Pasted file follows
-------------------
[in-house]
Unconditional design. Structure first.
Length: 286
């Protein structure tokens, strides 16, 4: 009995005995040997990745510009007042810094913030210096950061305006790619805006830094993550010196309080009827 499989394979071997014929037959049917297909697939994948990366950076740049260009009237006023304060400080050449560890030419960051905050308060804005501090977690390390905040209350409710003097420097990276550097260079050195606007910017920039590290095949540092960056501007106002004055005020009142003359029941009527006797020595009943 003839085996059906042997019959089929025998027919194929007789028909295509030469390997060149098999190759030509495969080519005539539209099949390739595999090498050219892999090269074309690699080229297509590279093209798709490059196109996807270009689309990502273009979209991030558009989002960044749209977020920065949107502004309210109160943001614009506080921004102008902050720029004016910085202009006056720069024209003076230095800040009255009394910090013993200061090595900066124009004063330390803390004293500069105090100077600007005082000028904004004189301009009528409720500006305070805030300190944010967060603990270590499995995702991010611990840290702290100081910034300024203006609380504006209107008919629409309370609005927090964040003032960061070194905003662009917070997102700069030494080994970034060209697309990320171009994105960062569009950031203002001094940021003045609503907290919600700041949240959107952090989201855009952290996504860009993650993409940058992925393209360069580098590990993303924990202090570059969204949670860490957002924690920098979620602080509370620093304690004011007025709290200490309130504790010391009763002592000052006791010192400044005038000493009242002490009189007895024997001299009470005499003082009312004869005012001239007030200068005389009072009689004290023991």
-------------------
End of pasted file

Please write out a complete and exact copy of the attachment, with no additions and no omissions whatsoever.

[in-house]
Unconditional design. Structure first.
Length: 286
């Protein structure tokens, strides 16, 4: 009995005995040997990745510009007042810094913030210096950061305006790619805006830094993550010196309080009827 499989394979071997014929037959049917297909697939994948990366950076740049260009009237006023304060400080050449560890030419960051905050308060804005501090977690390390905040209350409710003097420097990276550097260079050195606007910017920039590290095949540092960056501007106002004055005020009142003359029941009527006797020595009943 003839085996059906042997019959089929025998027919194929007789028909295509030469390997060149098999190759030509495969080519005539539209099949390739595999090498050219892999090269074309690699080229297509590279093209798709490059196109996807270009689309990502273009979209991030558009989002960044749209977020920065949107502004309210109160943001614009506080921004102008902050720029004016910085202009006056720069024209003076230095800040009255009394910090013993200061090595900066124009004063330390803390004293500069105090100077600007005082000028904004004189301009009528409720500006305070805030300190944010967060603990270590499995995702991010611990840290702290100081910034300024203006609380504006209107008919629409309370609005927090964040003032960061070194905003662009917070997102700069030494080994970034060209697309990320171009994105960062569009950031203002001094940021003045609503907290919600700041949240959107952090989201855009952290996504860009993650993409940058992925393209360069580098590990993303924990202090570059969204949670860490957002924690920098979620602080509370620093304690004011007025709290200490309130504790010391009763002592000052006791010192400044005038000493009242002490009189007895024997001299009470005499003082009312004869005012001239007030200068005389009072009689004290023991």